I was careful not to step into the water getting as close as possible to capture my subject. It was early morning and the light was perfect. The placid water only interrupted by the slow moving boat while a gentle mist lifts up on its surface. A boy, probably at least ten in age, sitting on the edge of the lake signature narrow boats was tending the nets. It’s a familiar scene on this part of the world known as Lake Sebu, yet a welcome and relaxing sight for a city dweller like me.
The towering second falls of Lake Sebu, Hikong Bente teases with is raging waters cutting through the mountain vegetation clearly seen from afar as we went down the second zipline. We took a rocky habal-habal ride up to first falls Hikon Alu to get our gears and sprint back to Hikong Bente jump-off. Even from afar, we started taking pictures of Hikong Bente.
I must admit, I was thinking, “What the hell did they do to they do to the Seven Falls?” first I heard about a zipline being set up there. Marring the amazing sight of the falls with wires was the image that came to mind. But then again, I’ve heard and read from people how they enjoyed the zipline but I wanted to see it first and make sure they didn’t do anything drastic to the natural landscape. So the recent Backpack Photography gave me a chance to experience the getting famous Lake Sebu Seven Falls Zipline.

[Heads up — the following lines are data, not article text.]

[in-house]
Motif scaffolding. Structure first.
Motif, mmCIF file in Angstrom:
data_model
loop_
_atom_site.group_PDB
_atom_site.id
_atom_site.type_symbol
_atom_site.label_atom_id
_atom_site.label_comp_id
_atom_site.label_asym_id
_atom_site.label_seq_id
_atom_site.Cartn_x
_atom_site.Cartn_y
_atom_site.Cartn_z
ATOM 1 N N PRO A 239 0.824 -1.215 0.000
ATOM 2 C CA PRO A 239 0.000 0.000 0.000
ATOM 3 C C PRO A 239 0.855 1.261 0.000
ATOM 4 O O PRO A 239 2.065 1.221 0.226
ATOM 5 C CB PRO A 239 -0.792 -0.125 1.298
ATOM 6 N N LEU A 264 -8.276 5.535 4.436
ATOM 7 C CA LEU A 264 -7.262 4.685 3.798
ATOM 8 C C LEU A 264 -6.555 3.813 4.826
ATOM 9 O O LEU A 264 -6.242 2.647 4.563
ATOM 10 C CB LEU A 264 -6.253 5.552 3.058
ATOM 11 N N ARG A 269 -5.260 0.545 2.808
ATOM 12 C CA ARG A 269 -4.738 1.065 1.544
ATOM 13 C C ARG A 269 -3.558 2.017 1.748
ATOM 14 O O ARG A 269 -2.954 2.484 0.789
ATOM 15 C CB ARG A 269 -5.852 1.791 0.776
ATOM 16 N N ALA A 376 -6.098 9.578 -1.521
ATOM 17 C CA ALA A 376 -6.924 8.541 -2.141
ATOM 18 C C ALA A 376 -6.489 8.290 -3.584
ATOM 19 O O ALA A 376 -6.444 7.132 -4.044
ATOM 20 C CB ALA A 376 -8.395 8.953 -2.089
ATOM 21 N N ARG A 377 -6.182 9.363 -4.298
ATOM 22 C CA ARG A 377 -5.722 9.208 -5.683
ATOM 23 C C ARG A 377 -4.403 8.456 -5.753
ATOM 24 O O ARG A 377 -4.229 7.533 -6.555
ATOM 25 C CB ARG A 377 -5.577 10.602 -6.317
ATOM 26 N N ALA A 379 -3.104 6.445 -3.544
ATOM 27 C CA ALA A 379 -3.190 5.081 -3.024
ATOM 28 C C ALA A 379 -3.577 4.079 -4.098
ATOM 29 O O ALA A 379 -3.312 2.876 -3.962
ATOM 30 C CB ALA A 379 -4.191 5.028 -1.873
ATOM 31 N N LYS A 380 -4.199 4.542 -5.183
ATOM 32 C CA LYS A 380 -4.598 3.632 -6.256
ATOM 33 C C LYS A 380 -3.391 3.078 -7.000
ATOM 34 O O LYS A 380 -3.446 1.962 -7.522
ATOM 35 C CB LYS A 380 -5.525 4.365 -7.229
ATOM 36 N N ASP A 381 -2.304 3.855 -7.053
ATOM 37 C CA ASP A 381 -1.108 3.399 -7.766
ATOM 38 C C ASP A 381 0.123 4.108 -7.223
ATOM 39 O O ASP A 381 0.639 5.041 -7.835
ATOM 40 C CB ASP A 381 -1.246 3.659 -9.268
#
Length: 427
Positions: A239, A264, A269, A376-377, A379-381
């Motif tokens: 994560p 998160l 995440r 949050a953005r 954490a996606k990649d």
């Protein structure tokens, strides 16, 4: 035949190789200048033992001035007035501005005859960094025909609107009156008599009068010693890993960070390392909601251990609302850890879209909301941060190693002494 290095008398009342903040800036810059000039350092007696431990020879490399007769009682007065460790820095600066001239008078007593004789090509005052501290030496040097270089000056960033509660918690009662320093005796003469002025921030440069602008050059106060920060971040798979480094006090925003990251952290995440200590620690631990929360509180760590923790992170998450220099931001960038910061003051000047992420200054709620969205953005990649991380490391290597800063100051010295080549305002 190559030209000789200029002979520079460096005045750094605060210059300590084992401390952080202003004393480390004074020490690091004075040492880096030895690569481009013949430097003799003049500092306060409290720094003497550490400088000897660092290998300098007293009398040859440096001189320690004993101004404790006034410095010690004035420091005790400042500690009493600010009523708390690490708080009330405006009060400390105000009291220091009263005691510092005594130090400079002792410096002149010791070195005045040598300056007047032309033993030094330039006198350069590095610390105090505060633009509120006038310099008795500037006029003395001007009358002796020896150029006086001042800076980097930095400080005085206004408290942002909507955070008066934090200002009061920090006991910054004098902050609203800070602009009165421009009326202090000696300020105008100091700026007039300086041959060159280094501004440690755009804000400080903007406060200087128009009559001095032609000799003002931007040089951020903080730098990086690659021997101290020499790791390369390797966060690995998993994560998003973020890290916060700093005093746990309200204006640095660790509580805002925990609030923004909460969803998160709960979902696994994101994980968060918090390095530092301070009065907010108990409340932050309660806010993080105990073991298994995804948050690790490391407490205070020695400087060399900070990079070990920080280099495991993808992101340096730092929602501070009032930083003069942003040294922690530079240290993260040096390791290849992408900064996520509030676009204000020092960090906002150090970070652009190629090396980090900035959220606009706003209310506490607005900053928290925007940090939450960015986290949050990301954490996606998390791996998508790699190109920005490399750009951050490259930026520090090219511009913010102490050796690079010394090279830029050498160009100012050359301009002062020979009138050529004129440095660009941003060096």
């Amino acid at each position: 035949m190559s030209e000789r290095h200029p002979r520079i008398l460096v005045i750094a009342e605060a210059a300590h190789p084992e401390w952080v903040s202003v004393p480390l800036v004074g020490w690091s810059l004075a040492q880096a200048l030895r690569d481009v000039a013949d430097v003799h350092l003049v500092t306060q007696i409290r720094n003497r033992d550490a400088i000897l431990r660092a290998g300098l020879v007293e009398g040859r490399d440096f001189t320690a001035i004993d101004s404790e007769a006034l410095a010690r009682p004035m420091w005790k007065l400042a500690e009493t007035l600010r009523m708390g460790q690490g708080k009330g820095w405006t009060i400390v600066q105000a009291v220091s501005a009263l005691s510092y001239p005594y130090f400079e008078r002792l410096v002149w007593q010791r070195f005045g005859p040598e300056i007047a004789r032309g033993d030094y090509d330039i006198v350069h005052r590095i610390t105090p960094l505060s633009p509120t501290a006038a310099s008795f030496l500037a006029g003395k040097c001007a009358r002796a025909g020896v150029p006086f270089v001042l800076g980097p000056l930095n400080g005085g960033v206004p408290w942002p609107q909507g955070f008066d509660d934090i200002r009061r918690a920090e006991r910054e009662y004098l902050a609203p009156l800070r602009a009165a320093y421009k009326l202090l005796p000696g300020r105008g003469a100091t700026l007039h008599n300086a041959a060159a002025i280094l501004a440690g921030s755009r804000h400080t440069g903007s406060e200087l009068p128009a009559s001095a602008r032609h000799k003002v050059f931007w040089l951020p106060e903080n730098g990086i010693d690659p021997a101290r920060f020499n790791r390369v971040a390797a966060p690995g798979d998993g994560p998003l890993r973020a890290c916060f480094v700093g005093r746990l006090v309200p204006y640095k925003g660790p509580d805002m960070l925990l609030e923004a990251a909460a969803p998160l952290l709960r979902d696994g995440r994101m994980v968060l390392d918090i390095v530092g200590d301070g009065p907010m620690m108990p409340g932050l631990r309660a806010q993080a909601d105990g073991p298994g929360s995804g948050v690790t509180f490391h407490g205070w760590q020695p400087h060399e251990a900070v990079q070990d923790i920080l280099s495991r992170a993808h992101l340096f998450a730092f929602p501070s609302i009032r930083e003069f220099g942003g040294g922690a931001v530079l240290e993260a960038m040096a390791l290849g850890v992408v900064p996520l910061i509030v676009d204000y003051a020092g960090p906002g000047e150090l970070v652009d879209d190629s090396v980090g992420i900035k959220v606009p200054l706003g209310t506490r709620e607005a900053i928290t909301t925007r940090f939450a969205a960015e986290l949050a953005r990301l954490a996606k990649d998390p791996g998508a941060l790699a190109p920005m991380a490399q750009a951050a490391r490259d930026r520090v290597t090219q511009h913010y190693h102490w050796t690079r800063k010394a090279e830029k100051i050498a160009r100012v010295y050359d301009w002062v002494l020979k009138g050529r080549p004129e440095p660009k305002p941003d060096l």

We climbed up the stilted T’Boli long house said to be the home to a National Living Treasure Awardee, Lang Dulay. She wasn’t there yet but the large airy long house, has portrait images hanging on one side of the room and written literature about her life and accomplishments. I heard someone going up the stairs, emerged is a small old lady garbed on a beautiful and colorful T’boli garbed. She doesn’t look frail from her old age, she has lines of experience on her face, but the lightness on her face and seemingly contented eyes makes her look younger than her years. So here’s a National Treasure right before us.
It was 3 years ago when I first stepped on the land of Lake Sebu in South Cotabato. Oh I remember how our jeep from Koronadal struggled to climb the 300m elevation to Lake Sebu Market then taking a habal-habal to take us to our resort. It was a memorable journey as we met locals during the jeep ride who shared us some caramelized bananas for snack. The place exceeded my expectations and it’s only fitting that we hold our third Backpack Photography here in Lake Sebu and share the wonderful sight we ourselves came to appreciate.
On the heels of the recent BP Batanes Travel and Outdoors Workshop and BP Banaue Photography 101 Workshop, we’re up on another unique Backpack Photography Experience. Join us, as we explore Lake Sebu’s T’Boli Culture and Natural wonders on Backpack Photography Lake Sebu Photo Tour to be held on August 21-23, 2010, Lake Sebu South Cotabato.
A Tboli girl playing a native instrument
The Tboli tribe of Lake Sebu is one of the indigenous people in Southern Mindanao. Known for their excellent skills in weaving and metal works, they are able to produce their one of a kind Tboli cloth, the Tinalak and fine metal works from musical instruments to swords. Most of them also has talents in making wooden collectibles from beads to bracelets and other bling-blings you might think. Indeed, the Tbolis is one culturally rich and talented tribe if not also, one of the most colorful in the country.